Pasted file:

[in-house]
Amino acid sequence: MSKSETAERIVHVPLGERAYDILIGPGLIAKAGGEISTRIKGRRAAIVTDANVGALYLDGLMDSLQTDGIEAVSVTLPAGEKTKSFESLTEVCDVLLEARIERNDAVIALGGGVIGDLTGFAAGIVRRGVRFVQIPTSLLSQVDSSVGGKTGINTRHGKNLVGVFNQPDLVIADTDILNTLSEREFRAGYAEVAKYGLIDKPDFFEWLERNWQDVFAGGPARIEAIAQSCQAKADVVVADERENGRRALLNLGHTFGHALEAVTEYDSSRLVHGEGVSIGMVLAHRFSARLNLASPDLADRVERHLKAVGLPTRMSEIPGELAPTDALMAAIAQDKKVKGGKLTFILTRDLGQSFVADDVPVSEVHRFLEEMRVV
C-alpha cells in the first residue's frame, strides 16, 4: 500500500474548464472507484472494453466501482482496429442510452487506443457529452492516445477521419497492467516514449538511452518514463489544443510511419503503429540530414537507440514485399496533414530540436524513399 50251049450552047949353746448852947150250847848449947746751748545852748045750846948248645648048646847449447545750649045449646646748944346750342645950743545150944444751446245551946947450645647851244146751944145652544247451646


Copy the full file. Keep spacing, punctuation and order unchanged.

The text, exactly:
[in-house]
Amino acid sequence: MSKSETAERIVHVPLGERAYDILIGPGLIAKAGGEISTRIKGRRAAIVTDANVGALYLDGLMDSLQTDGIEAVSVTLPAGEKTKSFESLTEVCDVLLEARIERNDAVIALGGGVIGDLTGFAAGIVRRGVRFVQIPTSLLSQVDSSVGGKTGINTRHGKNLVGVFNQPDLVIADTDILNTLSEREFRAGYAEVAKYGLIDKPDFFEWLERNWQDVFAGGPARIEAIAQSCQAKADVVVADERENGRRALLNLGHTFGHALEAVTEYDSSRLVHGEGVSIGMVLAHRFSARLNLASPDLADRVERHLKAVGLPTRMSEIPGELAPTDALMAAIAQDKKVKGGKLTFILTRDLGQSFVADDVPVSEVHRFLEEMRVV
C-alpha cells in the first residue's frame, strides 16, 4: 500500500474548464472507484472494453466501482482496429442510452487506443457529452492516445477521419497492467516514449538511452518514463489544443510511419503503429540530414537507440514485399496533414530540436524513399 50251049450552047949353746448852947150250847848449947746751748545852748045750846948248645648048646847449447545750649045449646646748944346750342645950743545150944444751446245551946947450645647851244146751944145652544247451646